These assets will then be divided based on the regional needs of each person. In essence, the Court will always try to ensure that both parties suffer an equal drop in their standard of living.
If there are children involved, the Court’s first consideration will be for their welfare. Wherever possible, the Court will try to minimise disruption for the child.
This desire to minimise upheaval can sometimes mean that the child will stay in the family home with a resident parent. To offset this, the Court may impose a situation where one spouse keeps the property but no maintenance, or forfeits their right to the other party’s pension.
On top of the welfare of any children, the Court will look at a number of factors when deciding who gets the house – including:
- The income and earning capacity and other potential financial resources of each party
- The financial needs and obligations that each person has or is likely to have in the foreseeable future
- The standard of living enjoyed by the family before the divorce
- The contribution each person has made to the welfare of the family and is likely to do in the foreseeable future
What You Shouldn’t Do
When you’re thinking about staying in the family home after divorce, there are a few actions you should avoid – as these could turn the tables against you if a Court has to intervene.
For starters, you should try to remain in the house wherever possible – or if you do have to leave, ensure that you don’t go too far away. You should also not move into another property with somebody else such as a new partner, as their finances will also be taken into account when deciding who gets your house.
Can I Guarantee that I’ll Get to Keep the House?
Given the often complicated negotiations that take place during the divorce process, it is incredibly difficult to predict who will walk away with the house. With the Courts having to decide how assets are split according to the rules listed above, everyone’s experiences and outcomes will be different.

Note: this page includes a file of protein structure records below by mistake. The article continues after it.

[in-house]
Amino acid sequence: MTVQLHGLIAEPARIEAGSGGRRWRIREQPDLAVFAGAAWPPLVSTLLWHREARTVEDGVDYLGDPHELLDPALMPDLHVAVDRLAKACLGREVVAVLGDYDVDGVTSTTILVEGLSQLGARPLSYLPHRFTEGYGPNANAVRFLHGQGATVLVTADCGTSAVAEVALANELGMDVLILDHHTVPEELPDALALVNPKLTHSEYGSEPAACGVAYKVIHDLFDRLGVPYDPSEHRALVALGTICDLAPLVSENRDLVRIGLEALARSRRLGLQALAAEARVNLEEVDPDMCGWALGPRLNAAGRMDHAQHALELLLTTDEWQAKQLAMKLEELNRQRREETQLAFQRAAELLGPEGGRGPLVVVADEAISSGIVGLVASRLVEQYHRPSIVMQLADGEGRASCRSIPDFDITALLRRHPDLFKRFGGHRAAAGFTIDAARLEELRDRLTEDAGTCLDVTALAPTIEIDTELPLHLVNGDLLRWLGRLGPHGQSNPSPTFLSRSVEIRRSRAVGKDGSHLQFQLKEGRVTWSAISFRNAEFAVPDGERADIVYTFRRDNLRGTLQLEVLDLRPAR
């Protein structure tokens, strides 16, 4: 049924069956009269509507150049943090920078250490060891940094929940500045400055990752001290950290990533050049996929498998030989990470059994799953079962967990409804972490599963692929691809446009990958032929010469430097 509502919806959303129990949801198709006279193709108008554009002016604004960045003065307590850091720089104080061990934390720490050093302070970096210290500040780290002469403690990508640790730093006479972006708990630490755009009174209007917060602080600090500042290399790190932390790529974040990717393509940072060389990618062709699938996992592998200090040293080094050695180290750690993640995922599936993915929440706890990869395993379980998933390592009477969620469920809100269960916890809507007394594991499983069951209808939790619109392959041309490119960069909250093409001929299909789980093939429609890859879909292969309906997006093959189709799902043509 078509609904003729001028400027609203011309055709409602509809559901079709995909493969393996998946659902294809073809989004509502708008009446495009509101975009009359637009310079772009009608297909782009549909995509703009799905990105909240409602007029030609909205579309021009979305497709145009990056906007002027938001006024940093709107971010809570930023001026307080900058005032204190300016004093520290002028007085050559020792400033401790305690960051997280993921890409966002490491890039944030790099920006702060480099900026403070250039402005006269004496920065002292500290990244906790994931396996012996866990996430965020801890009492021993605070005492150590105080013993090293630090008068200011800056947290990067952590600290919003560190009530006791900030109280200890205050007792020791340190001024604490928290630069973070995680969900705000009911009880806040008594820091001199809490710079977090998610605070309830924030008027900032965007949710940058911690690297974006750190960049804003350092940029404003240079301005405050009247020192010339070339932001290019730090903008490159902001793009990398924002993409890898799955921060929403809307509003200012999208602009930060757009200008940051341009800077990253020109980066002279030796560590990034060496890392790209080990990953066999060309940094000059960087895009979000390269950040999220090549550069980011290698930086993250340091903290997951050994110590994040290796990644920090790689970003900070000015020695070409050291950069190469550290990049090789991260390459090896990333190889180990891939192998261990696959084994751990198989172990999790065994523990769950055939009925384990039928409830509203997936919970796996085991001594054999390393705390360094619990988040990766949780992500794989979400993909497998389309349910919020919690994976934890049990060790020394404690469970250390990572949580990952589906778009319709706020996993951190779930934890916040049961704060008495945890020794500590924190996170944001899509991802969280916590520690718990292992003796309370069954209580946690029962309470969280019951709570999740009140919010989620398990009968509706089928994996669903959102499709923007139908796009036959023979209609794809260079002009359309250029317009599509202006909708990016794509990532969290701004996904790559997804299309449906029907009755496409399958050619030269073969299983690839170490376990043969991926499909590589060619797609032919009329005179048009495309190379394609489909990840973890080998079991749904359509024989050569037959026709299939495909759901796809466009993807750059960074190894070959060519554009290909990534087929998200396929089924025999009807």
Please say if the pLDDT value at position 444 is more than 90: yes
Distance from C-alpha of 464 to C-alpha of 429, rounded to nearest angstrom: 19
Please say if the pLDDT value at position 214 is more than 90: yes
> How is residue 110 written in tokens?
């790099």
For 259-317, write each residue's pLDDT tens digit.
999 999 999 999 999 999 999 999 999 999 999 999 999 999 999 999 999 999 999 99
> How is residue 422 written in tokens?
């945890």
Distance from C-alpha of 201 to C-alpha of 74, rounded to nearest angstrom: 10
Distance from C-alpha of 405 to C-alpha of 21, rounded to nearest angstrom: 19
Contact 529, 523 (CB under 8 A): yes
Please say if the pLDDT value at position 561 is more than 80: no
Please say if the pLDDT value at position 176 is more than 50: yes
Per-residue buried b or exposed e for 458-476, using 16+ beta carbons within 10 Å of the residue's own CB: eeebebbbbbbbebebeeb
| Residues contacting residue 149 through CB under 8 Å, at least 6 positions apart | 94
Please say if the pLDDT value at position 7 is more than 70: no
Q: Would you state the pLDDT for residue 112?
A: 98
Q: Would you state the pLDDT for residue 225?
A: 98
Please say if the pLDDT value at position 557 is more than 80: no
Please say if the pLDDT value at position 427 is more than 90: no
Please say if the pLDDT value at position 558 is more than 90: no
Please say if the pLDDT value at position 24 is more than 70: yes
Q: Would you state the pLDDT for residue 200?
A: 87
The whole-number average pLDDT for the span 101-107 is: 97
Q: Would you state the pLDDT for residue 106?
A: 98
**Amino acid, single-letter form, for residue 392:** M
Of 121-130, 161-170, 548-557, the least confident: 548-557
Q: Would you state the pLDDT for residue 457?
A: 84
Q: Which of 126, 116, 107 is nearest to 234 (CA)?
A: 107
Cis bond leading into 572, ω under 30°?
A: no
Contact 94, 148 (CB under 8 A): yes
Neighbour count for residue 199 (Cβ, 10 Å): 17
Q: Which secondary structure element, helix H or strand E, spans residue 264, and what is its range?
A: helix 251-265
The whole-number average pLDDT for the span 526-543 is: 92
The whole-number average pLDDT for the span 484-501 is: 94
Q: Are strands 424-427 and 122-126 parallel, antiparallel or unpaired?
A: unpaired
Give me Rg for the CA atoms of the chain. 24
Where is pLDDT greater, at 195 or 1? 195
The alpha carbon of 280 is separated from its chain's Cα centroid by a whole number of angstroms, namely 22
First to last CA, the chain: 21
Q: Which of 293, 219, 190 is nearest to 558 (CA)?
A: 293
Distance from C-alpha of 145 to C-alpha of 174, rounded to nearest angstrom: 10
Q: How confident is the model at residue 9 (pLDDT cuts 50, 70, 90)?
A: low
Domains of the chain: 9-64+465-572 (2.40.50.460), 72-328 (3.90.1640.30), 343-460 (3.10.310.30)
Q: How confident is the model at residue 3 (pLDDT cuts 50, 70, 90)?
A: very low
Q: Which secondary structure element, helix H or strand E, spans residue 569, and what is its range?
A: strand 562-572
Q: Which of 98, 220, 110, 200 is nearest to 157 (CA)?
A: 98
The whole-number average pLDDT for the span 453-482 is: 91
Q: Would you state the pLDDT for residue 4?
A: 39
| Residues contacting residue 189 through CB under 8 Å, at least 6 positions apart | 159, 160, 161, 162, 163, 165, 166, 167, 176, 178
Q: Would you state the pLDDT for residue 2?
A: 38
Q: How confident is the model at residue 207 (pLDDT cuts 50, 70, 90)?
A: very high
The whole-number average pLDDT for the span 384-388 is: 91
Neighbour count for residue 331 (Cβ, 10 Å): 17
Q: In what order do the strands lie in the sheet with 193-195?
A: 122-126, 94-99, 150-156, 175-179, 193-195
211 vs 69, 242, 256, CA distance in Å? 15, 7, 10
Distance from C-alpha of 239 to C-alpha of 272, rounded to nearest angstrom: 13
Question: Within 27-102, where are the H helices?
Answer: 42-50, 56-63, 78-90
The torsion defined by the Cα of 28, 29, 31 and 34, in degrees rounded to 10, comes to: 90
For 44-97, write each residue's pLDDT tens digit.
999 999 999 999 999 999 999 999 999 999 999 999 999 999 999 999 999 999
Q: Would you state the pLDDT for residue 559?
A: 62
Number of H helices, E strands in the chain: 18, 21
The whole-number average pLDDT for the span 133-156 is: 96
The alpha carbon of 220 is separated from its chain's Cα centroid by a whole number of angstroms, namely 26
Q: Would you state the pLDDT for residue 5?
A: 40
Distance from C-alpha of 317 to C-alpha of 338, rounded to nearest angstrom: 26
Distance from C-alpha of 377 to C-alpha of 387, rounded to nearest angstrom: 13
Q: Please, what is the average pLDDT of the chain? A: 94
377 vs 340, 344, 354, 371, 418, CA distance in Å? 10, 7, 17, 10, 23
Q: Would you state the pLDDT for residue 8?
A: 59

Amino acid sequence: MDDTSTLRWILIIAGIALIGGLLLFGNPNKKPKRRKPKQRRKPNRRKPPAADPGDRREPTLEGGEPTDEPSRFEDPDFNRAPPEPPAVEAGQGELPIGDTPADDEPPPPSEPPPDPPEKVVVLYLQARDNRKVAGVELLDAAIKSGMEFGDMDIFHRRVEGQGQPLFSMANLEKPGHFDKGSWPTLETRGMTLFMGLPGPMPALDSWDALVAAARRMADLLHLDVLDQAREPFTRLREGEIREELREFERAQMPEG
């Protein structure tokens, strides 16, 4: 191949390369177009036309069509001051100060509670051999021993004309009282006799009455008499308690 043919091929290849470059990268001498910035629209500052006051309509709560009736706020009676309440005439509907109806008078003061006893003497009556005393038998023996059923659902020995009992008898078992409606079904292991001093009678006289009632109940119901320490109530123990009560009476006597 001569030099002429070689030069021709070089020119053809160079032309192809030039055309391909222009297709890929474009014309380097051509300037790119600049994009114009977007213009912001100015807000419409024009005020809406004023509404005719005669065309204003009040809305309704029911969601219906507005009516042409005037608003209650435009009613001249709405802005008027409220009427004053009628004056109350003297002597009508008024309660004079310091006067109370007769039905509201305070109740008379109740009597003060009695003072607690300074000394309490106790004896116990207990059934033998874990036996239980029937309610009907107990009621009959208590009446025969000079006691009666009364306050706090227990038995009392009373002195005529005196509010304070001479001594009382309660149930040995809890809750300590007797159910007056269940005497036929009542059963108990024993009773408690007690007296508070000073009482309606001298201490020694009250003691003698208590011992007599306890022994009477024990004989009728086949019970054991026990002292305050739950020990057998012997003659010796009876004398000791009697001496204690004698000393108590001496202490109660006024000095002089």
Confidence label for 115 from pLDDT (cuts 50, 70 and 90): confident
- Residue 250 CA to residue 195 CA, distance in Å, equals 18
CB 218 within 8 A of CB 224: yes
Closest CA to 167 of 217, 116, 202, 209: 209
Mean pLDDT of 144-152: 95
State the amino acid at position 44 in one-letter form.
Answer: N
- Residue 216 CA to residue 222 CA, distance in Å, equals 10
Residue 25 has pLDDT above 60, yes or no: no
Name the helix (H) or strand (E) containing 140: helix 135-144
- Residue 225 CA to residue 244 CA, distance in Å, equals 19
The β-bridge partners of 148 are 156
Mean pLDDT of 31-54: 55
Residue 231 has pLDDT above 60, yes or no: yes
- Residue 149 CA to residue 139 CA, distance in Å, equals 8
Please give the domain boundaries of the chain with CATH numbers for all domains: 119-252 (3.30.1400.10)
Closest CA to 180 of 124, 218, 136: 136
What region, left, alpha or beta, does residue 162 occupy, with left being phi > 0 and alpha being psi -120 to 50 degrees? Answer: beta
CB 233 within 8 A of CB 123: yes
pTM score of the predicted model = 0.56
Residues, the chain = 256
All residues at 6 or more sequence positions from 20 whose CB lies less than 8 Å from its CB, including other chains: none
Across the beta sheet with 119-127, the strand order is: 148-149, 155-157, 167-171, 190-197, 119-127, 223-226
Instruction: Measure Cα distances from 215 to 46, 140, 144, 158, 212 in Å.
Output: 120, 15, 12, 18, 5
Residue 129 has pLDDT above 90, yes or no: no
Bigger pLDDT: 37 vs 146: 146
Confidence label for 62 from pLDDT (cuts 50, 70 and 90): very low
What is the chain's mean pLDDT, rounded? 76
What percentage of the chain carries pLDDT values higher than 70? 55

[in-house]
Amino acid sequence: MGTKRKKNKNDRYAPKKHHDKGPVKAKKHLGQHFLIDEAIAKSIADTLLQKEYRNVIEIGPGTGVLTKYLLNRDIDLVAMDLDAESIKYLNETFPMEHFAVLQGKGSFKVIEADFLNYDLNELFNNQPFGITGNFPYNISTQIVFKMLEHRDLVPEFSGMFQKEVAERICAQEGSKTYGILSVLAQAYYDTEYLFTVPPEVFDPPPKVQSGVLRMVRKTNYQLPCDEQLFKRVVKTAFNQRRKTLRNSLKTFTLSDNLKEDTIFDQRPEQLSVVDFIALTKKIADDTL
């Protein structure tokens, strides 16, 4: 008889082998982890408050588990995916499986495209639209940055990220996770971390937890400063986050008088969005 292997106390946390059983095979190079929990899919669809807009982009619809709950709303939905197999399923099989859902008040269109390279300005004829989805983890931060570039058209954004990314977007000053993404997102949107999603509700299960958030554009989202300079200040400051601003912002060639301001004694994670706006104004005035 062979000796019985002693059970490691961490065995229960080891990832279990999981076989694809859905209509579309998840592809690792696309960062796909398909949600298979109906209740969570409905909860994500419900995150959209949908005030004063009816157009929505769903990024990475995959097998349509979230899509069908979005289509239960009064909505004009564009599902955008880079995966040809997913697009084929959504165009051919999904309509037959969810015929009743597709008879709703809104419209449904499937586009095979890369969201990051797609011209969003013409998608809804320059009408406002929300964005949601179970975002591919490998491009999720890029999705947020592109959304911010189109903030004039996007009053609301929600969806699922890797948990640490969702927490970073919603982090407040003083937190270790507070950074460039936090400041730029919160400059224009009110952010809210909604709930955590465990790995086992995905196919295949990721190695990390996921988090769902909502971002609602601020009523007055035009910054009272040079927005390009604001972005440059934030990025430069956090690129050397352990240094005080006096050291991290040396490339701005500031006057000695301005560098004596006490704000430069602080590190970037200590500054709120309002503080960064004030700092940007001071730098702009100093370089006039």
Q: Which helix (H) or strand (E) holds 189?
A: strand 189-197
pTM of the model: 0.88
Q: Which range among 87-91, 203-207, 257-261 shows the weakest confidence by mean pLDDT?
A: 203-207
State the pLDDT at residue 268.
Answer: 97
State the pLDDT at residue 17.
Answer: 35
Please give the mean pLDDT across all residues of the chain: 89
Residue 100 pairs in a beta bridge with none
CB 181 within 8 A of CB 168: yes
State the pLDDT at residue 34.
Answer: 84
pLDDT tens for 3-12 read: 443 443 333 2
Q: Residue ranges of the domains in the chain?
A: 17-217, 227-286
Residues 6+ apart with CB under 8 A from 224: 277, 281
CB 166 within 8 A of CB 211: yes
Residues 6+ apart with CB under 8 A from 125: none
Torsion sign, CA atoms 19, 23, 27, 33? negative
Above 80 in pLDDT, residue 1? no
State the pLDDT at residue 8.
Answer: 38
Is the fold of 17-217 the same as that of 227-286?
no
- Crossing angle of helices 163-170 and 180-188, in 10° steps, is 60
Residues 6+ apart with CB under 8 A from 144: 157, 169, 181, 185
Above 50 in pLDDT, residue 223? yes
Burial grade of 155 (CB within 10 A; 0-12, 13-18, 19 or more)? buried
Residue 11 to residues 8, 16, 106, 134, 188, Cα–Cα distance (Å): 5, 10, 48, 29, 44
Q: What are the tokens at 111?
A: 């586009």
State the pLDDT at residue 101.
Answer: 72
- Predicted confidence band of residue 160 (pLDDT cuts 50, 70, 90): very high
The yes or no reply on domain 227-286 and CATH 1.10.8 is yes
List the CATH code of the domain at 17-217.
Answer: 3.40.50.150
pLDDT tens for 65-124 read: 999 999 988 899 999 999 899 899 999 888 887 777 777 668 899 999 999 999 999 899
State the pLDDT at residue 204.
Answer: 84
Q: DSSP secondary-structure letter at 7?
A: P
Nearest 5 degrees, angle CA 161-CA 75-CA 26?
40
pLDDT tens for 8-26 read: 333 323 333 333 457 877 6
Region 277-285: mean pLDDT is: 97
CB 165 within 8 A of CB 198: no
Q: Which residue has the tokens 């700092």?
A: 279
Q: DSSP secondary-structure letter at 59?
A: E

While you may not be able to guarantee success, it is important to seek professional guidance from a solicitor. They will take everything into consideration and instruct you throughout the process to give you the best possible chance of getting what you want.
Swift Action is Essential
When thinking about staying in the family home after divorce, it is crucial that you obtain professional advice as soon as possible. There is no one size fits all solution when it comes to separation, so it is essential to talk through your individual circumstances and devise a solution that is best for you.
This is where Shams Williams can help. Our expert team of Divorce and Family Law specialists are on hand to provide professional guidance throughout every step of the process.
No matter your requirements, you can rely on Shams Williams to gain a complete understanding of your circumstances and be available for you whenever we are needed. We can be a source of stability and dependability in an otherwise turbulent situation.